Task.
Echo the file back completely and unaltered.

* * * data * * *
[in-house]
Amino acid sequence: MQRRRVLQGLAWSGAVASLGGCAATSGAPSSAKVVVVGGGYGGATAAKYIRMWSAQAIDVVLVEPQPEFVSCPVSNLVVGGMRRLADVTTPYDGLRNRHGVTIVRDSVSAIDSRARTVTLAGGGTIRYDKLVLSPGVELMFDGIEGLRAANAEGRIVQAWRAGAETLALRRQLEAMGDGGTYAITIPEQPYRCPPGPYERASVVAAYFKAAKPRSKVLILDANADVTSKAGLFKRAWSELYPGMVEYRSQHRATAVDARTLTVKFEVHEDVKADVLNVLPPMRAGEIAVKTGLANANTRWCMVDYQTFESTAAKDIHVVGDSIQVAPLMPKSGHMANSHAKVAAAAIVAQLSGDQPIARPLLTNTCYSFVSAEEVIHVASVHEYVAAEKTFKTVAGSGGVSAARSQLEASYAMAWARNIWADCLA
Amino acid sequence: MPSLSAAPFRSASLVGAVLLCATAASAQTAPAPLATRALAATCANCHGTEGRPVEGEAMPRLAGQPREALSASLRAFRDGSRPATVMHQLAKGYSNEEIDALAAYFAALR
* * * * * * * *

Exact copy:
[in-house]
Amino acid sequence: MQRRRVLQGLAWSGAVASLGGCAATSGAPSSAKVVVVGGGYGGATAAKYIRMWSAQAIDVVLVEPQPEFVSCPVSNLVVGGMRRLADVTTPYDGLRNRHGVTIVRDSVSAIDSRARTVTLAGGGTIRYDKLVLSPGVELMFDGIEGLRAANAEGRIVQAWRAGAETLALRRQLEAMGDGGTYAITIPEQPYRCPPGPYERASVVAAYFKAAKPRSKVLILDANADVTSKAGLFKRAWSELYPGMVEYRSQHRATAVDARTLTVKFEVHEDVKADVLNVLPPMRAGEIAVKTGLANANTRWCMVDYQTFESTAAKDIHVVGDSIQVAPLMPKSGHMANSHAKVAAAAIVAQLSGDQPIARPLLTNTCYSFVSAEEVIHVASVHEYVAAEKTFKTVAGSGGVSAARSQLEASYAMAWARNIWADCLA
Amino acid sequence: MPSLSAAPFRSASLVGAVLLCATAASAQTAPAPLATRALAATCANCHGTEGRPVEGEAMPRLAGQPREALSASLRAFRDGSRPATVMHQLAKGYSNEEIDALAAYFAALR